Ten ways to keep the kidney healthy
These bean-shaped organs play a key role in the body as they filter blood, remove wastes, control the body’s fluid balance, and regulate blood pressure. However, emerging reports show some people suffering with severe cases of Covid-19 are showing signs of kidney damage, even for those who had no underlying kidney problems before they were infected with the coronavirus. This means we have to take care of this organ now more than ever. Milliam Murigi takes us through some lifestyle habits we should incorporate for our well-being.
1. Limit your intake of painkillers
Why are painkillers bad? They are dangerous because they decrease blood flow to the kidneys after some time.
This can cause a lot of stress on your kidneys. Common non-prescription pills such as ibuprofen and naproxen (NSAIDs) can cause kidney damage if taken too regularly over a prolonged period.
If you have healthy kidneys and use these medicines for occasional pain, they probably don’t pose a risk.
But if you take them for chronic pain, you should talk to your doctor about monitoring your kidney function or finding alternative ways to control your pain.
2. Don’t underestimate a cold
According to US Centre for Disease Control (CDC), the average person suffers from two to three colds per year.
Though these colds seem nothing more than harmless and annoying, you should not treat them like they are nothing.
If you leave colds without treatment, your body will produce more and more antibodies.
Over a period of time, these antibodies will start to become unhealthy for your kidneys. If you are feeling sick, you should see a doctor.
3. Don’t wait to use the restroom
Did you know that holding in your urge to use the restroom is one of the biggest causes of kidney problems?
The longer urine stays in your body, the worse it is for you. Urine is a hub for bacteria that shouldn’t be in your body anymore, and the longer it sits, the more bacteria it creates.
Eventually, this bacterium will make its way to your kidneys, and when that happens, you’ll wish it didn’t. When you have to go, try not to resist the urge.
4. Reduce salt intake
While eating salt can make food taste better, it can also upset the balance in your blood, which makes your kidneys have to work much harder to remove water from your body.
Research done in 2018 for the Journal of Clinical Hypertension proved that eating too much salt can directly lead to kidney disease.
Experts recommend people to limit their sodium intake to one teaspoon per day, which is about one-third less than the average people consumes.
5. Avoid processed foods
In order to keep food fresh for longer, companies often add high amounts of sodium, which is quite dangerous for your kidney health.
Other added ingredients are potassium and phosphorus, which are good in small amounts, but too much can be damaging.
6. Avoid eatin foods high in sugar
Sugar contributes to obesity, which increases your risk of developing high blood pressure and diabetes, two of the leading causes of kidney disease.
In addition to desserts, sugar is often added to foods and drinks that you may not consider “sweet.”
Avoid condiments, breakfast cereals, and white bread which are all sneaky sources of processed sugar.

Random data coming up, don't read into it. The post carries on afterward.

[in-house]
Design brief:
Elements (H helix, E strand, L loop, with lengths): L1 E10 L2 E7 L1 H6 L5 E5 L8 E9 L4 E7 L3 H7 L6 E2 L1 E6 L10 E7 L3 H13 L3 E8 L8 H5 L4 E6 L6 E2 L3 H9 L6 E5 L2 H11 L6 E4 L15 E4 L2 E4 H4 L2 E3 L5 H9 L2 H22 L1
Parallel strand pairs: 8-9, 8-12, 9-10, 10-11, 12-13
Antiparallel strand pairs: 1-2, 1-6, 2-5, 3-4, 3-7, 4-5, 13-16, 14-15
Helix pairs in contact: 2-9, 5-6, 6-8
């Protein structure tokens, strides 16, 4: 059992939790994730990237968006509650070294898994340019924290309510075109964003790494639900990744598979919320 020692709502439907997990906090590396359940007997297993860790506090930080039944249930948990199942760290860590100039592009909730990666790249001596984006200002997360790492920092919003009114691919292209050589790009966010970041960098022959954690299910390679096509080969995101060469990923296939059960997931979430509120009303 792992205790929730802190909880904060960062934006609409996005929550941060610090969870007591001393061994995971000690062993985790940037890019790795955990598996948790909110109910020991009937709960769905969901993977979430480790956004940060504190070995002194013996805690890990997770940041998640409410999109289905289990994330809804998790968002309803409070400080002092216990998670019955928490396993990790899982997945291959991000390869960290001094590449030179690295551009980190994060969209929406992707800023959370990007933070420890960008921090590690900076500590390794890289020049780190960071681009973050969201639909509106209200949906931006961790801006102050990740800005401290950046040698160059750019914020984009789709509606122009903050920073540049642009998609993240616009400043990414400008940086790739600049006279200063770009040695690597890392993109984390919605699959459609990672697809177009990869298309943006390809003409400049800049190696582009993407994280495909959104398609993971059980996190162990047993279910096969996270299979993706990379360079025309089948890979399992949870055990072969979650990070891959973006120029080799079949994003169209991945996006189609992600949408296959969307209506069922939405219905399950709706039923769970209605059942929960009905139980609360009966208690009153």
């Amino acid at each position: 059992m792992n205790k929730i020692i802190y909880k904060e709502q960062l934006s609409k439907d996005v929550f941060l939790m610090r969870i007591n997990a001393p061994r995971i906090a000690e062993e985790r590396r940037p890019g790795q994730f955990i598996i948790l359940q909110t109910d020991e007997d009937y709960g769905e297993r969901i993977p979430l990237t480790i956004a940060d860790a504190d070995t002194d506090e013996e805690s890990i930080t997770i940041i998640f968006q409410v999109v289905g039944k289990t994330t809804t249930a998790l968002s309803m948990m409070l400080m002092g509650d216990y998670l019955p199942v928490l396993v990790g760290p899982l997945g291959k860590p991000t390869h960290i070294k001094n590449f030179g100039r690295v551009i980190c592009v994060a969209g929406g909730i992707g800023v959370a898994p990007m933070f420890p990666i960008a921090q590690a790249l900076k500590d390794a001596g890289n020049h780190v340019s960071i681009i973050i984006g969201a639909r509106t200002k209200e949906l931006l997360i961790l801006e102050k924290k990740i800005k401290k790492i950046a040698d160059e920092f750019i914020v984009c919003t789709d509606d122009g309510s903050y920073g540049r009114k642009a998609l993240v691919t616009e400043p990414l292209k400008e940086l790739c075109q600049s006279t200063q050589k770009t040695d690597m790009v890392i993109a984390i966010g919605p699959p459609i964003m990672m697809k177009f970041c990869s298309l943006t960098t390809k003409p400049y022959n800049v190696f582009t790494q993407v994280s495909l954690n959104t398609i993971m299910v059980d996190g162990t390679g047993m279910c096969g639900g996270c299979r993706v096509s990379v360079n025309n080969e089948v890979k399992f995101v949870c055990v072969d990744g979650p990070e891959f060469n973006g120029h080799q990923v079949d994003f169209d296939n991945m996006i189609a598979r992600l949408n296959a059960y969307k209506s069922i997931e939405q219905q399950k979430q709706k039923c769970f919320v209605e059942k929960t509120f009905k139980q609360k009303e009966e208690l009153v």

Pay attention to the ingredients when buying packaged goods to avoid added sugar in your diet.to the high amount of phosphoric acid in soda, this also increases your risk for kidney problems.
7. Get enough sleep
A research by University of Chicago proved that poor sleep habits lead to an increased risk of kidney disease.
People who slept for six-and-a-half hours per day showed a 19 per cent increase in their chances of kidney failure from those who got a full-night’s sleep.
When you stay up too late, your kidneys also stay up late. Over time, lack of sleep can exhaust your kidneys and lead to failure.
8. Don’t stop a prescription early
We know it’s tempting to quit your prescription early when you start to feel better, but it’s actually a horrible idea.
Stopping a prescription before your illness is completely cured is bad for your kidneys.
Specifically, taking medications to help blood pressure or pain can severely damage your kidneys if used sporadically instead of regularly.
Your kidneys love routine and changing your medication routine every day will confuse your body.
9. Take enough water each day
The kidney’s main job is to filter toxins out of the body, so it is advisable to remain hydrated. Kidney stones most often result from chronic dehydration.
This is because when you are lacking water, your urine has a much higher concentration of minerals, which can crystalise inside of your kidneys and create stones.
There’s no magic behind the cliché advice to drink eight glasses of water a day, but it’s a good goal precisely because it encourages you to stay hydrated.
People who have previously had kidney stones should drink a bit more water to help prevent stone deposits in the future.
10. Watch your red meat intake
Eating red meat on occasion is not unhealthy, but eating too much of it is harmful to your kidneys over time.
Animal protein generates high amounts of acid in the blood that can be harmful to the kidneys and cause acidosis – a condition in which kidneys cannot eliminate acid fast enough.
Plant-based proteins actually repair kidney injury. Replacing one serving of red meat per week with a plant-based protein will actually lower your risk of kidney disease by 62 per cent.